Matthew 27: 33-54
[This post is excerpted from a sermon. The full sermon text is available here.]
We began Lent with the story of Jesus in the wilderness. He is fresh off the spiritual high of his baptism where the voice proclaimed from the clouds, “This is my son, whom I love. With him I am well pleased.” He is physically exhausted and famished from forty days and nights of desert fasting. And then the tempter shows up.
According to Matthew’s version, for the second temptation Satan says, “If you are the Son of God, throw yourself down. For it is written: ‘He will command his angels concerning you, / and they will lift you up in their hands, / so that you will not strike your foot against a stone.’”
Jesus’ response was, “It is also written: ‘Do not put the Lord your God to the test.’”
There is a struggle here between the divine and human natures of Jesus. Jesus could call down the angels. Yet Jesus has accepted his own humanity in order to reconcile all of humanity to God. There is a tension between the divine and human natures of Jesus throughout the Gospels, and that tension culminates in the Passion Narrative.
The crucifixion, more than any other event of Jesus’ life, highlights his humanity. Death is a universal human experience. We remind ourselves of this at the beginning of Lent each year on Ash Wednesday: “Remember you are dust, and to dust you shall return.”
In the news stories surrounding the recent death of Fred Phelps, I was interested to read an excerpt from a 2010 interview with Phelps by Joshua Kors. In the interview, Phelps says, “I’m not planning on dying. . . . The Lord himself should descend for me with the angels.”
We know now, of course, that Fred Phelps did die, and he died like so many people. He got old and sick and went on Hospice and finally his body just quit working. The Lord himself did not descend. Not even a puny angel–as far as we know. Just Phelps’ failing body–alive one minute and dead the next.
Like Jesus’ body on the cross. Alive one minute, and the next–“when Jesus had cried out again in a loud voice, he gave up his spirit”–dead.
As the story continues, of course, we will learn that Jesus is not dead in the way that all people die. We will hear news of the resurrection; we will hear testimony that confirms the divinity of Jesus over and against and in addition to and all mixed up with the humanity that is so evident here, as his lifeless, bloody body hangs from the cross with the mocking sign above his bowed head: “This is Jesus, King of the Jews.”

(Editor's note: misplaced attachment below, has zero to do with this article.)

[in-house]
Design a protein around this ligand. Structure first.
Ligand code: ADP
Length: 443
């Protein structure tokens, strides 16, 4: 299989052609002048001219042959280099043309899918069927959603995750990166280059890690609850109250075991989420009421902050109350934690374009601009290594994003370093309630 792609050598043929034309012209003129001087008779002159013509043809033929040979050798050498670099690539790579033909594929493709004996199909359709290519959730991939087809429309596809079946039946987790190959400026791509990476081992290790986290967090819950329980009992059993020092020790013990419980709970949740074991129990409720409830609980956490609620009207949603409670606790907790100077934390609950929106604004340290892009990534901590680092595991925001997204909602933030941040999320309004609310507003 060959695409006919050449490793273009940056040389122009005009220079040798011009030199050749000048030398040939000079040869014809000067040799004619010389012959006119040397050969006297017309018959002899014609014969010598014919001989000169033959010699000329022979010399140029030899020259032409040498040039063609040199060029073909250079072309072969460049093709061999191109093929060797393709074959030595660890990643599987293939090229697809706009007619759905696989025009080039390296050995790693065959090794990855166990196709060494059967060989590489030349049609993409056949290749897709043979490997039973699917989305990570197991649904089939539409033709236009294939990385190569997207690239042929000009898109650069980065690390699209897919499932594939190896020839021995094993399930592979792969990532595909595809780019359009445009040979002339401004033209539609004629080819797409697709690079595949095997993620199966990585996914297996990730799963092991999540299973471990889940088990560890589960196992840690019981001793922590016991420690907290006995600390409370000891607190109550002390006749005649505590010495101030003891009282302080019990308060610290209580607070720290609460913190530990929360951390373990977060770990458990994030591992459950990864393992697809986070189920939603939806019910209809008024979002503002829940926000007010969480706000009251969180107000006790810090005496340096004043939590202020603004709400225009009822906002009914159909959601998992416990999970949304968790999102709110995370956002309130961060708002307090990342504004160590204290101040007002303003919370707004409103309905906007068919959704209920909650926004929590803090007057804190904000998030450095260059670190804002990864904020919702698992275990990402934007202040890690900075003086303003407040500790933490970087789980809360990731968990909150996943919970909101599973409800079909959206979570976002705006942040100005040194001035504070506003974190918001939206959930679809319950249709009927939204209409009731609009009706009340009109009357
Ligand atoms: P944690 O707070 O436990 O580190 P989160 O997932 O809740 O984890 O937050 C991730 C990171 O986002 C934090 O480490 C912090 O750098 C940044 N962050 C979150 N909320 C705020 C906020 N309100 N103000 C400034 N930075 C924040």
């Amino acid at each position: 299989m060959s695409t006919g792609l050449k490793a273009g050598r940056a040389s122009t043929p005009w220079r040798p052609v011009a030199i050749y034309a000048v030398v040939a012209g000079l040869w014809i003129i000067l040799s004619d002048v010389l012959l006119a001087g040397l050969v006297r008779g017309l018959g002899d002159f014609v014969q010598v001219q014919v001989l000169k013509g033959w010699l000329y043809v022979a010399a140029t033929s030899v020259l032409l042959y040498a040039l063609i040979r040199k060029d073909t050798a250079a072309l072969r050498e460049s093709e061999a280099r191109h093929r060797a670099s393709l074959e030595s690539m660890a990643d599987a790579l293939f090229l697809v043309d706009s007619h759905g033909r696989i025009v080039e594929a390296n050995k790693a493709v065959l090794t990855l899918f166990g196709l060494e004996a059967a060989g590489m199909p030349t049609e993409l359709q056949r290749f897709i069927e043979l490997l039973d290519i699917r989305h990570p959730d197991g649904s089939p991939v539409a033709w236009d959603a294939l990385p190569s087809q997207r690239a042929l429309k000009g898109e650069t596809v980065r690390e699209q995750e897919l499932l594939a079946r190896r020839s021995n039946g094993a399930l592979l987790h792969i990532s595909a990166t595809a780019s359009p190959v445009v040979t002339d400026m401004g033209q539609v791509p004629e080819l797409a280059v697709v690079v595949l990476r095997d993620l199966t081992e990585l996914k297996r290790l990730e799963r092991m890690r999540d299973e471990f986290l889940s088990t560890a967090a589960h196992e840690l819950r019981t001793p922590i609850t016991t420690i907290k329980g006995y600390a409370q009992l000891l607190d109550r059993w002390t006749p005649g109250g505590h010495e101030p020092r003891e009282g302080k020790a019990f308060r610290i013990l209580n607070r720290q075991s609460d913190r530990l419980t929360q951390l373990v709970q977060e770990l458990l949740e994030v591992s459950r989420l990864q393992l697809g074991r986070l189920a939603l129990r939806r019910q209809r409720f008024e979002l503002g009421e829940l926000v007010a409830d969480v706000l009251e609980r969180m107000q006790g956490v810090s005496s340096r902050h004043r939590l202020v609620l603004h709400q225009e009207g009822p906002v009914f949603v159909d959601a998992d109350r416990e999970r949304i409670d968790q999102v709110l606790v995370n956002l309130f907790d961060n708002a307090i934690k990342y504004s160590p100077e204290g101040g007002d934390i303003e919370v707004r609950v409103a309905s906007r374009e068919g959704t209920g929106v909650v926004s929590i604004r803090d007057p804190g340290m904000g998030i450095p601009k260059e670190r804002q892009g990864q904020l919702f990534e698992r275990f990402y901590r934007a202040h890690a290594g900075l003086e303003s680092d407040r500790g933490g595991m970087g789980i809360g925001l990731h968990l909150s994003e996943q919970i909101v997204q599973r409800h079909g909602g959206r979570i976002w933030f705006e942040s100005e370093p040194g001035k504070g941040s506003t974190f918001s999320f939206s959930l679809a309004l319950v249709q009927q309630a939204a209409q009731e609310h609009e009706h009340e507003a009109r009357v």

Yes, we will know of Jesus’ divinity soon. But not soon enough for Matthew. Matthew in particular, of all the Gospel writers, seeks to reveal Jesus’ divinity right along side his humanity in the death event itself. Mark and Luke include the darkness and the torn curtain in the temple, but only Matthew gives us this dramatic apocalyptic scene, these extraordinary signs and wonders to accompany the otherwise relatively ordinary death of Jesus–an itinerant rabbi from Galilee.
There is darkness and the tearing of the temple curtain, yes. There is also an earthquake–apparently one that registered pretty high on the Richter scale since it split rocks. And, the most bizarre part of all, tombs broke open and “the bodies of many holy people who had died were raised to life.” Then Matthew goes ahead and gives us a sneak peek–getting his narrative all out of sequence, he says that after Jesus’ resurrection these undead holy ones went into the holy city and appeared to many people.
As you might imagine, scholars and pseudo-scholars have had a heyday with this stuff: trying to date the eclipse and earthquake; debating about which of the temple curtains was torn and whether or not the centurion and guards could have seen the curtain tearing from their perch on Golgotha; discussing which holy people might have been raised and how they could be raised before Jesus and where they hung out until the resurrection.
In the end, though, I think I have to go along with Raymond Brown’s assessment [in The Death of the Messiah] that “[a]ll such speculation is unnecessary, for this popular, poetic description is deliberately vague–its forte is atmosphere, not details.”
Atmosphere, not details. For Greco-Roman readers, the atmosphere conjured up here matches the atmosphere surrounding the death of Caesar. For Jewish readers, it brings to mind Scriptural portents of God’s divine judgment–both positive and negative.
Atmosphere, not details. For contemporary Christian readers, the atmosphere Matthew creates can lead us to a sense of horror and hope. The darkness and torn curtain, the earthquake and split stones, the broken tombs and holy undead–the atmosphere of this story leaves no question about the frailty of humanity, no question about the power of God. The atmosphere of this story leaves us in awe of the One who somehow held both that frail humanity and powerful divinity fully within himself even as he hung in that horrifying, hopeful space between death and resurrection.
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